Discovery

Siarnaq was discovered on Sept. 23, 2000, by Brett J. Gladman, John J. Kavelaars, Jean-Marc Petit, Hans Scholl, Matthew J. Holman, Brian G. Marsden, Phillip D. Nicholson, and Joseph A. Burns using the 3.6-m Canada-France-Hawaii reflector on Mauna Kea, Hawaii, with adaptive optics. They discovered seven other Saturnian moons at the same time: Tarvos, Ijiraq, Thrymr, Skathi, Mundilfari, Erriapus, and Suttungr.

Overview

Siarnaq has a mean radius of about 12.4 miles (20 kilometers), assuming an albedo (a measure of how reflective the surface is) of 0.06. At a mean distance of 11 million miles (18 million kilometers) from Saturn, the moon takes about 896 Earth days to complete one orbit. It rotates once every 10 hours and 9 minutes, which is this is the shortest rotation period of all prograde irregular moons of Saturn.

Siarnaq is one of five known members of the Inuit group of moons, which orbit Saturn at a mean distance of 7 to 11 million miles (11 to 18 million kilometers), at inclinations between 40 and 50 degrees from the plane of Saturn's equator, and with eccentricities of 0.15 to 0.48. (A moon's eccentricity is a number between 0 and 1 which describes the shape of the orbit. The closer to 0, the more circular it is; the closer to 1, the more elongated.)

The Inuit moons all have prograde orbits (they travel around Saturn in the same direction as the planet's rotation), but their deviations from circular orbits and from the plane of Saturn's equator classify them as "irregular" moons. Like Saturn's other irregular moons, they are thought to be objects that were captured by Saturn's gravity, rather than having accreted from the dusty disk that surrounded the newly formed planet, as the regular moons are thought to have done.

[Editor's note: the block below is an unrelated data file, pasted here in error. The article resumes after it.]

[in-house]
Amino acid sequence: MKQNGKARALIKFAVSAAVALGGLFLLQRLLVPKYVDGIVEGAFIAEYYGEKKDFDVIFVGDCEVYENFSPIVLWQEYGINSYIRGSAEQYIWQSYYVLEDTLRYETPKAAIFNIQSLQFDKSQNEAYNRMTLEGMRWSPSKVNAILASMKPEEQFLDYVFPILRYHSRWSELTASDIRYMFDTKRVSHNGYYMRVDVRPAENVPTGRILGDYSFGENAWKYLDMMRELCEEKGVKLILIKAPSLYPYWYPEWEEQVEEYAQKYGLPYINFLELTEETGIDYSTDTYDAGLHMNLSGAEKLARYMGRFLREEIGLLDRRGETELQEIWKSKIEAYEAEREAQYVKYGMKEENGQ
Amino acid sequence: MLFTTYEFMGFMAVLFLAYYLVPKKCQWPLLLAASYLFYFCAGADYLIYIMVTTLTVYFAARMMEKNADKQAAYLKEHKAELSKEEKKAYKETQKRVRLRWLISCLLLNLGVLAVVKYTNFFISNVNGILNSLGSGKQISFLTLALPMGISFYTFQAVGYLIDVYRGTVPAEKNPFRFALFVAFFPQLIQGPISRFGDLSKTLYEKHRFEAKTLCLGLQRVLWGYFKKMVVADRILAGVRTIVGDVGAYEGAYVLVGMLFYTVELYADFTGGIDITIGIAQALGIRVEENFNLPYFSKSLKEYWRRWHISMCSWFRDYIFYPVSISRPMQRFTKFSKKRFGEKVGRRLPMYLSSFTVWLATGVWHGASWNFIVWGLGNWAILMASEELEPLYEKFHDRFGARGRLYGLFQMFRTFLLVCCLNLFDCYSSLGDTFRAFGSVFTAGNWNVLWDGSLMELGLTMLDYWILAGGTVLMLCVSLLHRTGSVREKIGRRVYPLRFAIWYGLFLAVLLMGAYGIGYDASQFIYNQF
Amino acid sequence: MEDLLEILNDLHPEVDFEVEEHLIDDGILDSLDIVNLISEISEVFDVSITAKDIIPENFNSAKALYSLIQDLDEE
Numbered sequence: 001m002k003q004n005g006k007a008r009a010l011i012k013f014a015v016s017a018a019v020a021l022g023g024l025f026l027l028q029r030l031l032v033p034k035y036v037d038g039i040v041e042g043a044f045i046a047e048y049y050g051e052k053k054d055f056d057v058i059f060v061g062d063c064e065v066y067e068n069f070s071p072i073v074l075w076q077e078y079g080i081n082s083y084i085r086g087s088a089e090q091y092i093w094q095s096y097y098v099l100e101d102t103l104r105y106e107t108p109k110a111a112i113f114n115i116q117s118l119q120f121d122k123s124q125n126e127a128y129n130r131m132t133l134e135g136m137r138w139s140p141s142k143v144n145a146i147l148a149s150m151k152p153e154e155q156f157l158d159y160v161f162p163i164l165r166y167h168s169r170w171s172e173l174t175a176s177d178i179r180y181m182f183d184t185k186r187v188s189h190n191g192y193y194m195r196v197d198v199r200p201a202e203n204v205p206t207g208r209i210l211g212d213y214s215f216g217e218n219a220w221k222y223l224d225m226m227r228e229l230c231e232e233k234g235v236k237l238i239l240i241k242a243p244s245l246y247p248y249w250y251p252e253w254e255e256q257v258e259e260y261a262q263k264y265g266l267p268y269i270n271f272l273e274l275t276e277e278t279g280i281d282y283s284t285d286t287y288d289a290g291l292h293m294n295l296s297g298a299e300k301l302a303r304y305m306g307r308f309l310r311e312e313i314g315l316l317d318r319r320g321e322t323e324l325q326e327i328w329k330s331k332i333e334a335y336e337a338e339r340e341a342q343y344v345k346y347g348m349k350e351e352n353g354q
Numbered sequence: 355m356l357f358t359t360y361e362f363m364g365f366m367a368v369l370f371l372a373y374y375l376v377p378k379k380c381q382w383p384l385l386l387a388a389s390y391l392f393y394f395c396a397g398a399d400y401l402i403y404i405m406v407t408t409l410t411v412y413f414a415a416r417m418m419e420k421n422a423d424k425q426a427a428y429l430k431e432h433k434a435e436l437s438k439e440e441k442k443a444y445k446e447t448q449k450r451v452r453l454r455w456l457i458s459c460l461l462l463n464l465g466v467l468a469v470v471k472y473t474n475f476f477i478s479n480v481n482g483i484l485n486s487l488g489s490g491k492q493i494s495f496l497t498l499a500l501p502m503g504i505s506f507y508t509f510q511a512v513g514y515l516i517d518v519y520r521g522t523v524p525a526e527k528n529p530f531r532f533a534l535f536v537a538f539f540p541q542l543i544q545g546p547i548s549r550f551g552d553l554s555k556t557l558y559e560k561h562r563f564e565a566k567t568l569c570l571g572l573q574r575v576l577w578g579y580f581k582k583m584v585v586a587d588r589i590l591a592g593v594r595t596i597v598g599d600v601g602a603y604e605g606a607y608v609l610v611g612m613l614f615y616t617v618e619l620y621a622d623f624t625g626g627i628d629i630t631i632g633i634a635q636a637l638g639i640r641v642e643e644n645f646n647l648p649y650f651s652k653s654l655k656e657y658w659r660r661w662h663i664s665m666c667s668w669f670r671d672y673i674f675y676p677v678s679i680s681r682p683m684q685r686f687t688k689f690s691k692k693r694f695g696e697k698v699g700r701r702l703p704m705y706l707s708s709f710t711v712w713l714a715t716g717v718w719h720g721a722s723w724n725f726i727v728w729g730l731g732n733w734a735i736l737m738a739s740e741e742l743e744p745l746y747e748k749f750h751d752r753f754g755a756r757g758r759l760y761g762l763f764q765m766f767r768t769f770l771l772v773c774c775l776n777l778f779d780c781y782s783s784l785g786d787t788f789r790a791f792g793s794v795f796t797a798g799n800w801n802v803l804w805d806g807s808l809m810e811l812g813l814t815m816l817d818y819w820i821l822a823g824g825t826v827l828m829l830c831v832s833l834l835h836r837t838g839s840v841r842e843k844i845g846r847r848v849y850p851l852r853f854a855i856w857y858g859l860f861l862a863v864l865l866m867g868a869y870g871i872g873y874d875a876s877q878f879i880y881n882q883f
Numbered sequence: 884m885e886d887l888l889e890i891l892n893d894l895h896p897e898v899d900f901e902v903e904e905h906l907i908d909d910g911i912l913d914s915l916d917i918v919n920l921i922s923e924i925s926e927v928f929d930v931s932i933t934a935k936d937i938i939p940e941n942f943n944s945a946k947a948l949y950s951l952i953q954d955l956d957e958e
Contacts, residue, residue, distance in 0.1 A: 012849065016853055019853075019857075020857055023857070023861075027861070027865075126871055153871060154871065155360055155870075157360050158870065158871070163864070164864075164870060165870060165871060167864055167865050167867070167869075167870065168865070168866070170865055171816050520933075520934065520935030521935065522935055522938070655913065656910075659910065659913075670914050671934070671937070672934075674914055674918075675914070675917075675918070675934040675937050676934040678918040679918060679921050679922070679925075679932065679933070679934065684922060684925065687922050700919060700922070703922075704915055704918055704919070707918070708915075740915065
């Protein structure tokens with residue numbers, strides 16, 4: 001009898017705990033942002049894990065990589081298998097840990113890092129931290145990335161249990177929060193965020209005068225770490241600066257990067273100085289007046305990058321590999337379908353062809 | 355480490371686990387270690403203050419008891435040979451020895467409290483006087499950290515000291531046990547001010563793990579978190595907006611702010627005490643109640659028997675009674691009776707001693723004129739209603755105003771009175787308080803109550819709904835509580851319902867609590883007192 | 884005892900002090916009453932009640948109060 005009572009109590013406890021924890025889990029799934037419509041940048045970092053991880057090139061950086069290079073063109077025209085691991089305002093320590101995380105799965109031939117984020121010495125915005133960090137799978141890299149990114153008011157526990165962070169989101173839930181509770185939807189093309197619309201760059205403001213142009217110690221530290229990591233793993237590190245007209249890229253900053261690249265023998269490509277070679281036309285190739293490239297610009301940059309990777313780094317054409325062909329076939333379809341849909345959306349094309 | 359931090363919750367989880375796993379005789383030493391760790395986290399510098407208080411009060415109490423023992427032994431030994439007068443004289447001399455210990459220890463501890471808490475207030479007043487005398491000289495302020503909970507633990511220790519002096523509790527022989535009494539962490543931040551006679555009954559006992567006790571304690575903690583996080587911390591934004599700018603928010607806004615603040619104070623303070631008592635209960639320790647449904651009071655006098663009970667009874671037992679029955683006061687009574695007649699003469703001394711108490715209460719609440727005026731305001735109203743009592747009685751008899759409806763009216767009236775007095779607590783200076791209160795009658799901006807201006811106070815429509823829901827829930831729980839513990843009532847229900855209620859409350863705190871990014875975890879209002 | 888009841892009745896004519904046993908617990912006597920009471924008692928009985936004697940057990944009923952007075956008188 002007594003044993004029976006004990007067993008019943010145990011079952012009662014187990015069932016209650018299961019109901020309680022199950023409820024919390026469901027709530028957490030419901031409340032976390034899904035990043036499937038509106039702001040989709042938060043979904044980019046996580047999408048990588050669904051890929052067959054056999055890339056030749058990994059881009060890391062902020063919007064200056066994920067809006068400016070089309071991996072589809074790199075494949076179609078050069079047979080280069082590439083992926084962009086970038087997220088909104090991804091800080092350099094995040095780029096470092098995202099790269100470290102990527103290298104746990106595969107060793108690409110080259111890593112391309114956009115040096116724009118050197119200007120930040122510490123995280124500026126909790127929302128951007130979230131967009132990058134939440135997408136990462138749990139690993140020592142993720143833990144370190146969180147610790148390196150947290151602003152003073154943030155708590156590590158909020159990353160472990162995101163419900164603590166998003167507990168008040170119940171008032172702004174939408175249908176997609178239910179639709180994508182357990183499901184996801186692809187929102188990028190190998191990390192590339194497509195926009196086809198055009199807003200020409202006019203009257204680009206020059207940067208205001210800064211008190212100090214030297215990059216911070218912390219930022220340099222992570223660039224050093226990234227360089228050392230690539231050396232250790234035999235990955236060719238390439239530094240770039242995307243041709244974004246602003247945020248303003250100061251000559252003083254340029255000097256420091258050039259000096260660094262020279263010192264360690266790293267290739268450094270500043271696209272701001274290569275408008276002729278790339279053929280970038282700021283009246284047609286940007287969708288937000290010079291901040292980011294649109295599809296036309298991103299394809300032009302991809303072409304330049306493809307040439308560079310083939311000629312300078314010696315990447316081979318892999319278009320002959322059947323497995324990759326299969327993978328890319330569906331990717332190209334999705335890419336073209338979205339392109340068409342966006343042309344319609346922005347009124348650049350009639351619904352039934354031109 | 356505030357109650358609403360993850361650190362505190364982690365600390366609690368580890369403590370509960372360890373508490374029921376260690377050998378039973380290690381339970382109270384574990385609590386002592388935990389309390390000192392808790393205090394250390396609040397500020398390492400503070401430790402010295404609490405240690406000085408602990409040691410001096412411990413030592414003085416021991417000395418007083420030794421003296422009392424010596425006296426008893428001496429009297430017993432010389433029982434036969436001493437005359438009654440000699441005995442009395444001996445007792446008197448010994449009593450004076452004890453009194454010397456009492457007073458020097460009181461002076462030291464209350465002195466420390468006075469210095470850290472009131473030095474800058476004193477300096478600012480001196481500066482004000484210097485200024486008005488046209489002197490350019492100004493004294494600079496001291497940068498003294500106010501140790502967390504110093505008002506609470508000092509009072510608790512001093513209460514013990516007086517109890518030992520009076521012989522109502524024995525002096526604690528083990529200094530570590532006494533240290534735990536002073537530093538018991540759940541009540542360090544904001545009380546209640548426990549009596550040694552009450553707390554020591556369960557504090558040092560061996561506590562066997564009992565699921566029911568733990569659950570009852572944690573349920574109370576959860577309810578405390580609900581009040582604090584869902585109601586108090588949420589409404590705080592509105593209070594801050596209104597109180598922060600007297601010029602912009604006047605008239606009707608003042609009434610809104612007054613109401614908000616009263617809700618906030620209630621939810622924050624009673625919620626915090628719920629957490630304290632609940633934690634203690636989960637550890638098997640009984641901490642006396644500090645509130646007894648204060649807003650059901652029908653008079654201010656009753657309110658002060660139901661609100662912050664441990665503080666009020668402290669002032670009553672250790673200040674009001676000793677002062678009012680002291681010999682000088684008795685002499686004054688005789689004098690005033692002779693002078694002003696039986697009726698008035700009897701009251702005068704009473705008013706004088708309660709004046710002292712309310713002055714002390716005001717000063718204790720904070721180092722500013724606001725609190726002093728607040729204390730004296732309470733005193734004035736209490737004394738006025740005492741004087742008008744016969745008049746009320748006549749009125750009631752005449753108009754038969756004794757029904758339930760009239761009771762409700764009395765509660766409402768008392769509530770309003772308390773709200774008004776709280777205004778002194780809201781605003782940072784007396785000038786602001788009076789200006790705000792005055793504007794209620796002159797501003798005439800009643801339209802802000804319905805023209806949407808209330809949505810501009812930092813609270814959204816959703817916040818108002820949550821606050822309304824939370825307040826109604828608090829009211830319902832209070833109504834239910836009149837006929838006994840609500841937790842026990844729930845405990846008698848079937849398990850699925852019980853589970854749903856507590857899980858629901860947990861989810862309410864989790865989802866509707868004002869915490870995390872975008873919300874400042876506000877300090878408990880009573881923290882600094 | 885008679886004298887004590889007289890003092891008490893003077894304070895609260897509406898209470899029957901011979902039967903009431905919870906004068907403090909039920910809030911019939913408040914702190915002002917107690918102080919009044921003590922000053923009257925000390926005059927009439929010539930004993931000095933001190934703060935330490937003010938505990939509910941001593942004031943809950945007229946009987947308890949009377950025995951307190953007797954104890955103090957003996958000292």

The similarities among the Inuit group's orbits suggest a common origin — they may be fragments of a single object that shattered in a collision. The other members of this group are Kiviuq, Ijiraq, Paaliaq, and Tarqeq.

Observations by Tommy Grav and James Bauer using telescopes on Mauna Kea, Hawaii in 2006 (before the discovery of Tarqeq) found that Kiviuq, Siarnaq and Paaliaq all are light red with similar infrared features, further supporting the idea of a common origin.

How Siarnaq Got Its Name

Originally called S/2000 S3, Siarnaq was named for an Inuit goddess of sea creatures who was also queen of the underworld. Siarnaq is a very important deity because, when angered, she withholds seals, walruses and whales from their Inuit hunters. Siarnaq is better known as Sedna, but that name was already taken by an object, believed to be a dwarf planet, which orbits the sun far beyond the Kuiper Belt (possibly in the inner Oort Cloud).

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